President Charles Phillips makes way
Former HP CEO Mark Hurd – who quit the firm following allegations of sexual harassment and falsifying expenses – has joined enterprise software giant Oracle as co-president.
It is expected that Hurd will help lead the integration of Sun Microsystems, acquired by Oracle for $7.4bn last year. The acquisition of Sun will see Oracle move more in to space occupied by HP such as servers and other data centre products, and it is thought Hurd’s knowledge of this area will serve Oracle well.
Hurd will report directly to Oracle boss Larry Ellison.
The move has been rumoured since Ellison, a close friend of Hurd, criticised HP over their handling of the affair. Although an internal HP investigation found no evidence of sexual harassment it did find "numerous instances" in which Hurd submitted inaccurate expense reports meant to conceal Hurd’s "close, personal relationship" with an independent contractor.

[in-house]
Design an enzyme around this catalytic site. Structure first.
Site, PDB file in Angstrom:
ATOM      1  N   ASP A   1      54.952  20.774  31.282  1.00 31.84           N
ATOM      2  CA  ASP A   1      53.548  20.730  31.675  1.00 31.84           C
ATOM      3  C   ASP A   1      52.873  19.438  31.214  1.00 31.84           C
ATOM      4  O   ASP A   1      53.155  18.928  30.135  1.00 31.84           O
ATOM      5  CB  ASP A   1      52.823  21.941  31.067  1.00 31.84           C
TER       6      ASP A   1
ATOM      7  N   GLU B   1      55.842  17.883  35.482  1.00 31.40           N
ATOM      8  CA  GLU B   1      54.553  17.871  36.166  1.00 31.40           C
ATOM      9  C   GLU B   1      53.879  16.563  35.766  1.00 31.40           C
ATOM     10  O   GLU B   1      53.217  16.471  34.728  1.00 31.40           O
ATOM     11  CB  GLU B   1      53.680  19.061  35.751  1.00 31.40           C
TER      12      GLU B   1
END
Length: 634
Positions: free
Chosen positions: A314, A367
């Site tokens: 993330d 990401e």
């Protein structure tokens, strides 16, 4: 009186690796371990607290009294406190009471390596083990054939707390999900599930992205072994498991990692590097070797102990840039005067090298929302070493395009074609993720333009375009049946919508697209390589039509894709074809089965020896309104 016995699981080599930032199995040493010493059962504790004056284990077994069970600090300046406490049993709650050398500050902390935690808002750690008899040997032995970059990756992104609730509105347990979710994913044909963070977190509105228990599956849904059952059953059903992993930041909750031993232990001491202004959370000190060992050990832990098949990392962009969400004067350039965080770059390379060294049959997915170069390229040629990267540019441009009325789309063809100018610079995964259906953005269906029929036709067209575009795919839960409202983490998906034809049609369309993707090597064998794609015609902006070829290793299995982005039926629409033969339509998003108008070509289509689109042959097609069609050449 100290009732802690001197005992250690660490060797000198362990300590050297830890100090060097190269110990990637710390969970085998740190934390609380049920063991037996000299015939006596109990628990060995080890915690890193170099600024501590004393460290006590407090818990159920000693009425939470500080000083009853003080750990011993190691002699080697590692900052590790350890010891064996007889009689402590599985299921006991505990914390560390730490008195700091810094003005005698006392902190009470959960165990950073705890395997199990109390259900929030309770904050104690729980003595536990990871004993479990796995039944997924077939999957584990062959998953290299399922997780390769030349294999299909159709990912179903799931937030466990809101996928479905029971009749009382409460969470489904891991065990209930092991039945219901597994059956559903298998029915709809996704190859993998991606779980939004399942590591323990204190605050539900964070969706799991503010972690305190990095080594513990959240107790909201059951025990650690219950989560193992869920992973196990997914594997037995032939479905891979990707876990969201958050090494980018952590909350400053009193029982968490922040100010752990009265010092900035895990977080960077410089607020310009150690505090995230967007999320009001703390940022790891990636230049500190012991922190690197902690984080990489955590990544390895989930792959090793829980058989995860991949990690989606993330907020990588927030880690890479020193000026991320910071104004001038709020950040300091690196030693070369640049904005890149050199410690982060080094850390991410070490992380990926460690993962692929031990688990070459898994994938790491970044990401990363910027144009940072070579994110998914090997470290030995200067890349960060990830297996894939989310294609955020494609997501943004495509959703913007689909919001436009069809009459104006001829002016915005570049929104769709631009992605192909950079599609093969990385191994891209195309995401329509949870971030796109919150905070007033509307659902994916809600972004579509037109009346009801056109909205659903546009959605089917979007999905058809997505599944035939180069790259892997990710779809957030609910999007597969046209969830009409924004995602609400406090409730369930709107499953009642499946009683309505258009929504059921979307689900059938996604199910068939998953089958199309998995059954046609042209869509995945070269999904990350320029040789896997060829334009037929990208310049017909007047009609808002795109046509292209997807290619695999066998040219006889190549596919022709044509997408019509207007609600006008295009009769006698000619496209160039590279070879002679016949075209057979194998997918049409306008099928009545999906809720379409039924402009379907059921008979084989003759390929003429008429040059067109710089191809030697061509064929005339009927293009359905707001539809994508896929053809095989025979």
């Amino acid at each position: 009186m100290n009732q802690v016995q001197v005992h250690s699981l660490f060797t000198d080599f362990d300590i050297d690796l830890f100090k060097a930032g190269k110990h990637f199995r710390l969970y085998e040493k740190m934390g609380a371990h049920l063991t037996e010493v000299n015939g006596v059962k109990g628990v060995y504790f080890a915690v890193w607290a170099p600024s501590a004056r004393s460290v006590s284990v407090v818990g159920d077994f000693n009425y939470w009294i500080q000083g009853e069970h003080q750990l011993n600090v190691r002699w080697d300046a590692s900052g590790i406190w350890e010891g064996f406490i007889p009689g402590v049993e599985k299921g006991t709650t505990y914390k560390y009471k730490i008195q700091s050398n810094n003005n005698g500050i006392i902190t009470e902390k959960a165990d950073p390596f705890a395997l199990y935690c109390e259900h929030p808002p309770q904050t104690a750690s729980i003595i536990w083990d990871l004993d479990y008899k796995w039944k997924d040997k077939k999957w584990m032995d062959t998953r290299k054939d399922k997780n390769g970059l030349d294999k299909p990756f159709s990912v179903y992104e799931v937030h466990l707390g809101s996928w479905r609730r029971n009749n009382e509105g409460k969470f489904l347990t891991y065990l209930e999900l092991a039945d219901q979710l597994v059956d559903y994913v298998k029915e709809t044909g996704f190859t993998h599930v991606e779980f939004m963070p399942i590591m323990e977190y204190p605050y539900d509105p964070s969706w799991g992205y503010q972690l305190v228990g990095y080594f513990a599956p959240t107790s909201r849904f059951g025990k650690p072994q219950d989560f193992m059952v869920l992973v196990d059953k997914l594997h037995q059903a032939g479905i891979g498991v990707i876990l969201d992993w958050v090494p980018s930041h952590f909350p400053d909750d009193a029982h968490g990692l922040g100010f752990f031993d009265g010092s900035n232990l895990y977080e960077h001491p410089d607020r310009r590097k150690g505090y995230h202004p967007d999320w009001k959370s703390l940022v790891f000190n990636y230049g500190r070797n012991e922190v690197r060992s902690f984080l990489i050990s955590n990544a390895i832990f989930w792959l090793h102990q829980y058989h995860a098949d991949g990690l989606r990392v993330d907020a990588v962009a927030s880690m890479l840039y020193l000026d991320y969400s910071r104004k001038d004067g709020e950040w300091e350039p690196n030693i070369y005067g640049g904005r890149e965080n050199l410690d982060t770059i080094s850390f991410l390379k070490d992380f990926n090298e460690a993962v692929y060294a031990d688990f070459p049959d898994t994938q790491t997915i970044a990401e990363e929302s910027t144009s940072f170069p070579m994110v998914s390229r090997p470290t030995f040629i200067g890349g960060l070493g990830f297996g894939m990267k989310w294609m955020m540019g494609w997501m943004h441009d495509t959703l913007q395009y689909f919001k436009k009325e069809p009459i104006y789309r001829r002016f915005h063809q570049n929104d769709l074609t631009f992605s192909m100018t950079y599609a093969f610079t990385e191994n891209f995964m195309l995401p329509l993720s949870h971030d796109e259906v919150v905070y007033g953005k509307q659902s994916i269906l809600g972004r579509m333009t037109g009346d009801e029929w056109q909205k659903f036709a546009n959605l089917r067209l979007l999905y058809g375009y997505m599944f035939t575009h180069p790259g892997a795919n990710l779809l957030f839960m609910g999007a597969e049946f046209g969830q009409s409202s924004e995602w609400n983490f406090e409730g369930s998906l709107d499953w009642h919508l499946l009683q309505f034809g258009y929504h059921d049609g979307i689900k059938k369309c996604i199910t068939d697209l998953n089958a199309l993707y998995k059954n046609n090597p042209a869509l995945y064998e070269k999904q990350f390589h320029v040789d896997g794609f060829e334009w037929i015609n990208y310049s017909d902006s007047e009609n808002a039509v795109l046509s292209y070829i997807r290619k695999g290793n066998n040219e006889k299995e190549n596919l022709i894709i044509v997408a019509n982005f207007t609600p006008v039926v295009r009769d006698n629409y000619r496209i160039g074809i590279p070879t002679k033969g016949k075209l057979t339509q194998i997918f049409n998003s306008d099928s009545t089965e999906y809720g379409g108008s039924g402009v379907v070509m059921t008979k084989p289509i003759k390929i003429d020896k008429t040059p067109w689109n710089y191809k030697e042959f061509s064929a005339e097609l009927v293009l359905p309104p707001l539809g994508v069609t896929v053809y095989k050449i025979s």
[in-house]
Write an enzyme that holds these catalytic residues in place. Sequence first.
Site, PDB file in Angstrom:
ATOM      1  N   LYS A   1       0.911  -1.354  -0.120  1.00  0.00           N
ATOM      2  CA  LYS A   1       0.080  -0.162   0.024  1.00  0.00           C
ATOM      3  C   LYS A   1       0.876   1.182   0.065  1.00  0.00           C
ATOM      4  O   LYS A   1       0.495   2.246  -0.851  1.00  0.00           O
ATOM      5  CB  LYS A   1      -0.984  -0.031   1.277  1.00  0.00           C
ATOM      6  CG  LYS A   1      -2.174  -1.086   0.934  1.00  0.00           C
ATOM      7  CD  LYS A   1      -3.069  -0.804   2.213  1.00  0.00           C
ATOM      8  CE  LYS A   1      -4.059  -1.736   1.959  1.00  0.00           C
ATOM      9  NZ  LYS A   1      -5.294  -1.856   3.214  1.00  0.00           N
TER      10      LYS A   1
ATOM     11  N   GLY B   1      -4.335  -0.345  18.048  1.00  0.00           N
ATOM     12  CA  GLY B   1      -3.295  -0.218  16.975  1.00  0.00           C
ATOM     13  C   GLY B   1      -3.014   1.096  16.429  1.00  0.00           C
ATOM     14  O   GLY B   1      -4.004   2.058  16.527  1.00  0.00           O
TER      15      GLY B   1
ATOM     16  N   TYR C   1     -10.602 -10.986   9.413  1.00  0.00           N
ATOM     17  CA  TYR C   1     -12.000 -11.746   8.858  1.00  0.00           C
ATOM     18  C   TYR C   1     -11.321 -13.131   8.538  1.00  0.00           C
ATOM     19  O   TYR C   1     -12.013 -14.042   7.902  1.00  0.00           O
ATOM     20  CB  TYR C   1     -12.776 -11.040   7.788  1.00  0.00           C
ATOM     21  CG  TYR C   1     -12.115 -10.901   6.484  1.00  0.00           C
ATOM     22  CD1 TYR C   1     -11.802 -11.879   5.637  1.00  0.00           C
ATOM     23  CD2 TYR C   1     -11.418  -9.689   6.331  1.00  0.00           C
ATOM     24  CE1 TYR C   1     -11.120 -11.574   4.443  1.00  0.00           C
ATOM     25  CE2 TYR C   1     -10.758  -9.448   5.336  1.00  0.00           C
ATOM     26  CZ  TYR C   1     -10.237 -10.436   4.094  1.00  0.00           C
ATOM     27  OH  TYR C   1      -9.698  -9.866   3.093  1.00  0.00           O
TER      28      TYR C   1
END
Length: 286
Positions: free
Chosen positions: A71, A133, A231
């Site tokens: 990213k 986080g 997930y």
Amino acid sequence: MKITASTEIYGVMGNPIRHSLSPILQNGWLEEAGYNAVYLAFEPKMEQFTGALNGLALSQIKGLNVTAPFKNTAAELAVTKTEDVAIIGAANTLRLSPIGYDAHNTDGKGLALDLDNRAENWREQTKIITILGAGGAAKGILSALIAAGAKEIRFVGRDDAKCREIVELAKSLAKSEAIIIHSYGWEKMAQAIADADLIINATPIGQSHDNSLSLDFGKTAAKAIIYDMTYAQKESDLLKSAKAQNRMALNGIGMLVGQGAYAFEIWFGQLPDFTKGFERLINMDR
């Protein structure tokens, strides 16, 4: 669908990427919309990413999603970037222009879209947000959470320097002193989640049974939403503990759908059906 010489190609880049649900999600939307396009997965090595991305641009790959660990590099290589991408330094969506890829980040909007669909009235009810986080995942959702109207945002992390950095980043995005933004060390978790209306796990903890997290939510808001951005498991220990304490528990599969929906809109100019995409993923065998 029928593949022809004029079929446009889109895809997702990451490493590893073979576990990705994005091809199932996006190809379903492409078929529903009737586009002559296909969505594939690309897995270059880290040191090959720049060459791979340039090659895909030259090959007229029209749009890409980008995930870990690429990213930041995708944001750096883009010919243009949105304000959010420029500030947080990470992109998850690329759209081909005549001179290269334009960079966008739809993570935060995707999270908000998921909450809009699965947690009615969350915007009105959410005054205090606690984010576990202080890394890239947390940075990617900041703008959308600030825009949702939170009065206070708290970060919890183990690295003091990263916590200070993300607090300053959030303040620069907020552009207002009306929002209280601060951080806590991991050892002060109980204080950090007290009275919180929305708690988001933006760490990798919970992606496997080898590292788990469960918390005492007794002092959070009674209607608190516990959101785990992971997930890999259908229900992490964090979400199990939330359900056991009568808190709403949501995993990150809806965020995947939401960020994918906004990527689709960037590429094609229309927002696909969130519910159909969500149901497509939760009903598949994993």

Of his appointment Ellison said: "Mark did a brilliant job at HP and I expect he’ll do even better at Oracle. There is no executive in the IT world with more relevant experience than Mark. Oracle’s future is engineering complete and integrated hardware and software systems for the enterprise. Mark pioneered the integration of hardware with software when Teradata was a part of NCR."
"I believe Oracle’s strategy of combining software with hardware will enable Oracle to beat IBM in both enterprise servers and storage," said Mark Hurd.
Hurd will be replacing Charles Phillips who left the company on Monday. Phillips is himself no stranger to controversy. Earlier this year images of Phillips with his former mistress appeared on billboards in New York, Atlanta and San Francisco and more recently he was publicly corrected after suggesting that Oracle has a fiver-year, $70bn acquisition strategy.
Ellison said that Phillips first asked to leave Oracle in December last year but was persuaded to continue to oversee the integration of Sun Microsystems.